2009 inherited from its predecessor one of the worst recessions in memory. And we haven’t seen the end of it: whilst most major economies (not Brown’s Britain) were technically out of recession by September there is bad news still to come as each little national weakness is probed.
2009 was expected to be Obama’s year and most people would say he disappointed, despite some clever diplomatic footwork getting him the Nobel Prize, the most surprising selection since Al Gore. Obama has grounds for optimism in 2010, however. His Health Bill will be passed, Afghanistan will look better, as will the economy, the jobless figure beginning to fall. His one black cloud is Iran. Here he will be expected to be tough. If he can get credible sanctions imposed and prevent Israel from bombing, he will have done well. If Israel does bomb Iran it will be with tacit American support. The world will then want to see a new order, which Obama must lead.
In the UK MPs’ expenses were one of the main topics of conversation through 2009, replacing house prices, but the new election will wipe that from memories, even if the new lot are just as corrupt as the old lot (but they won’t be).
In my opinion Gordon Brown would be wrong to leave the election too late – he should go in March before he has to present another budget. It is not beyond possibility that he will dither again however. Either way, the Tories will win , in my view more comfortably than people are saying. A majority of more than 35 seats.
I thought last year that the economic spotlight would fall on Europe and it hasn’t. But I believe it will in 2010. The deteriorating weaker economies Portugal, Italy, Greece, Spain and Ireland will put pressure on the euro, just as it was becoming to be seen as a possible reserve currency. Austria will join this unhappy group in 2010. Overall for Europe, low consumer demand in the major economies and the weakness of export markets in the Eastern Bloc and the Balkans will hold back recovery. Rigid labour markets are preventing innovation and efficiency. In 2009 the £ traded at 1.02 – 1.19 (it ends the year at 1.13). By the Spring, with a new leadership and lack of good news for Europe I believe we will see 1.25. Over the last year the euro has been $1.25-1.51 (currently 1.43). If there is trouble in the Middle East we will see 1.25 again.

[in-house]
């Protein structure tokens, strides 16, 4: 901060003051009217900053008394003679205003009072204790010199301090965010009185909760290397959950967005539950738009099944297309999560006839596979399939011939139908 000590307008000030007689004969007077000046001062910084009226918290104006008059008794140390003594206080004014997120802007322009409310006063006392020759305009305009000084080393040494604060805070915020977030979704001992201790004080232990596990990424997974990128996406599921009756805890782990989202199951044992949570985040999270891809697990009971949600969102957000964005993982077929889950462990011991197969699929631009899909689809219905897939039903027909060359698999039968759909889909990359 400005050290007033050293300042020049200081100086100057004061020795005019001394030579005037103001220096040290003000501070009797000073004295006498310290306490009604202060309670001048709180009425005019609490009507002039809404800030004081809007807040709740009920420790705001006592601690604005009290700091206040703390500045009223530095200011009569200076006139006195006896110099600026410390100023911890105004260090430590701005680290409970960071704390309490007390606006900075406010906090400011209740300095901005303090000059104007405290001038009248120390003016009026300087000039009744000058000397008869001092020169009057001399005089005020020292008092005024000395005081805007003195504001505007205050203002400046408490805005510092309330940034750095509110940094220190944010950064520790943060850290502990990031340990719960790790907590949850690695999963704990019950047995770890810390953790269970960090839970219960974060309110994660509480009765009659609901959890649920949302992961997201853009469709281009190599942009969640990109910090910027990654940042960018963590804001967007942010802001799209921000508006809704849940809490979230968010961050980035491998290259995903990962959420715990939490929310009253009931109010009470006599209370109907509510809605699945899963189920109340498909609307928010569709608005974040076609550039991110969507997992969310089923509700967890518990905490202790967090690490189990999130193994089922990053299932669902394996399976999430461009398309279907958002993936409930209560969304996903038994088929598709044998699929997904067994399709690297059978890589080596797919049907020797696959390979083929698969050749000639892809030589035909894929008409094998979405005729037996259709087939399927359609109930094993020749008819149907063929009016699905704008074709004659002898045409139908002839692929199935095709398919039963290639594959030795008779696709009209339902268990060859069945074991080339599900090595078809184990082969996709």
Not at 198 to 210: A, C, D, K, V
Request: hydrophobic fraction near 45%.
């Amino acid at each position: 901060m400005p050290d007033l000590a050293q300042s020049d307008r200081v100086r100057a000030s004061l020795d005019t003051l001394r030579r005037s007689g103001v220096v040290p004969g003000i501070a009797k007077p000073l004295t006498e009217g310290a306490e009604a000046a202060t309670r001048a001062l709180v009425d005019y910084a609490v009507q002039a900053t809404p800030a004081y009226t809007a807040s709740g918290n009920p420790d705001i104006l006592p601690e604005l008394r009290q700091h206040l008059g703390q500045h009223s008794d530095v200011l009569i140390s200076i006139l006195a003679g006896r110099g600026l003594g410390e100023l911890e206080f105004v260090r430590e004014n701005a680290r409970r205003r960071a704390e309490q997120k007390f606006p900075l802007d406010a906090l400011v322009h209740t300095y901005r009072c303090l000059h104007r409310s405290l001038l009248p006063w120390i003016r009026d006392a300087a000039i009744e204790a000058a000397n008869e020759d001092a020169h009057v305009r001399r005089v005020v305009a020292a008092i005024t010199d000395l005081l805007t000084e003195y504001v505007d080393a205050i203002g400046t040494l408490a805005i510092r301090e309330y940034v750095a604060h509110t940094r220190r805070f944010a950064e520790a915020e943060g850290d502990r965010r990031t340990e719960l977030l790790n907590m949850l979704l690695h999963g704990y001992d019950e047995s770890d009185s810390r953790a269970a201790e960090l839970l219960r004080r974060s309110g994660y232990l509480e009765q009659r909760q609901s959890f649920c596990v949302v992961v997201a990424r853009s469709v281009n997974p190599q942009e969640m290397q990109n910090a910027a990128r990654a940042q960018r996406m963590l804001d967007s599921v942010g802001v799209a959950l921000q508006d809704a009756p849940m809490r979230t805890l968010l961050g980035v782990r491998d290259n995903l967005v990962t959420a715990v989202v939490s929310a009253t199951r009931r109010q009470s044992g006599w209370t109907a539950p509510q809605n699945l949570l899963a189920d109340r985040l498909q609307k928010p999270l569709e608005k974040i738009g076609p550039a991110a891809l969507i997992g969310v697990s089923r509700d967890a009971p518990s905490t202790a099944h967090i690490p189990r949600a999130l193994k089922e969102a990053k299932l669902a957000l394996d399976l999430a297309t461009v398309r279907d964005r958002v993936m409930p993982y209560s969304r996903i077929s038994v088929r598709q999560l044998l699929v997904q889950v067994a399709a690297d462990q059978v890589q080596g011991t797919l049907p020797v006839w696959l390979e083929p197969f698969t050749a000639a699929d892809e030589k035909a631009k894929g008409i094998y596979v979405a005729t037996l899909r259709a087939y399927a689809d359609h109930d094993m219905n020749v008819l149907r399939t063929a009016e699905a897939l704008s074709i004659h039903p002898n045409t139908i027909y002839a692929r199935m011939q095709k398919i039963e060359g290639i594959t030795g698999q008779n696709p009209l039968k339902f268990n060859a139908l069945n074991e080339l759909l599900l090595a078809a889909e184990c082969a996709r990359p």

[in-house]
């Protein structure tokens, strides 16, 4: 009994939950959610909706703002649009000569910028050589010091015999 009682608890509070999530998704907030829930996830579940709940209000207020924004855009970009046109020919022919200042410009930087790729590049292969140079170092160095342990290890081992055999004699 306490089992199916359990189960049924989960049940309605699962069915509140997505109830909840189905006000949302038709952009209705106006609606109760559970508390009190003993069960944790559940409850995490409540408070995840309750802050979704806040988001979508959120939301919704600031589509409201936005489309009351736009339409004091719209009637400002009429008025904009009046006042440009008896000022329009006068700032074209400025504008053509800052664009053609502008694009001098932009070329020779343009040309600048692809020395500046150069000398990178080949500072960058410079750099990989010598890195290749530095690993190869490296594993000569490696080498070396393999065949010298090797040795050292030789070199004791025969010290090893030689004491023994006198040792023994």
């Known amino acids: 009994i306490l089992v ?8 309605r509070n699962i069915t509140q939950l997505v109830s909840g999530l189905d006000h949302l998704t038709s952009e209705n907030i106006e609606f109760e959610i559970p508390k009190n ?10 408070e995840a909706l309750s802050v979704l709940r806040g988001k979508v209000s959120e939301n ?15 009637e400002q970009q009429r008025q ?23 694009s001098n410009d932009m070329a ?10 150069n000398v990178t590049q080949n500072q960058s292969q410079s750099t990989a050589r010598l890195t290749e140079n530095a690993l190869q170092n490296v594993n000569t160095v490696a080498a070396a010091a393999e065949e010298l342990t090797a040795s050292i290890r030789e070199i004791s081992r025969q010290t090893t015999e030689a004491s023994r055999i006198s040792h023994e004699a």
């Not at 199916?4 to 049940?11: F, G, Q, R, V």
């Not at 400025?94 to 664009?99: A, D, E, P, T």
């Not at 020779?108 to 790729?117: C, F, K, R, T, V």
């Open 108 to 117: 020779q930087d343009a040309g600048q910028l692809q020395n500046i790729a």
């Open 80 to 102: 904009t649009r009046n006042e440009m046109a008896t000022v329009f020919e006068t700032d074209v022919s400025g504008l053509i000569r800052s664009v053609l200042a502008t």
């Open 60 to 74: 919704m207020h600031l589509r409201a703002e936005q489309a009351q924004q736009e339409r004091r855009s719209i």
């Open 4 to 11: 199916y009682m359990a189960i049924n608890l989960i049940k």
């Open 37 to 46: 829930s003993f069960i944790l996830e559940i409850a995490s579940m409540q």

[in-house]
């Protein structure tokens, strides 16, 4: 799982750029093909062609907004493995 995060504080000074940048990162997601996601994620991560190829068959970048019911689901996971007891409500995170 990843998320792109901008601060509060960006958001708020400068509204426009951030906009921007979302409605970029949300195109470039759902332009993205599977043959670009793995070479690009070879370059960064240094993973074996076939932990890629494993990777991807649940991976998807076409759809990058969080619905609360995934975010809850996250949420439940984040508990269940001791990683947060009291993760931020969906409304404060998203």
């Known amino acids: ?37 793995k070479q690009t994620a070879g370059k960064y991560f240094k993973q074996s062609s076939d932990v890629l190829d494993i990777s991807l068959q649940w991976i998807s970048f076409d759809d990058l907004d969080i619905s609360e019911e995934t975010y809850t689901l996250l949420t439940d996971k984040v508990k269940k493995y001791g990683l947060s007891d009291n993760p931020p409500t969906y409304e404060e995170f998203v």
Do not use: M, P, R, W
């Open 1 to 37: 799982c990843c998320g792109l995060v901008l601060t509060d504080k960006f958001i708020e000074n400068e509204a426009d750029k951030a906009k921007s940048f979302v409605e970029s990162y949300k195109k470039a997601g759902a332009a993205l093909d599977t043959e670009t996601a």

Oil will bounce along at $75-85 and gold will put on a bit, but not above $1,250, particularly if some economies start raising interest rates
2010 will be the year remembered for a shift in power away from America – Europe – Japan to China and India and the peripheral countries of the Far East. The decade to come will see Brazil join the new axis and the first signs that India might overtake China.
Traditional Roman New Year's Eve dinner of puntarelle and cotechino.
Puntarelle are a member of the chicory family, the thin sprouts shredded raw and dressed with anchovy and garlic.
Cotechino is a sausage made of pig's leg, wrapped in its skin. It is gelatinous and full of flavour. Cotechino is served on a bed of spicy lentils (believed to be lucky, a sign of fertility).
There may have been some wine involved.
I can't keep up any more with the revels. The last drunks were ambling down our street, singing hoarsely, at 6am, as I was getting up.
The Romans love fireworks, for the noise as much as the spectacle, and I usually keep a bucket of water by the window to chuck over anyone lighting bangers in our narrow vicolo. The rain kept most of them away but one time I did hear the telltale fizzing and threw the window open ready with the bucket but it was a neighbour, trying to reject the advances of a romeo, down in the street, by chucking a banger at him. Tough cookies, these Roman girls.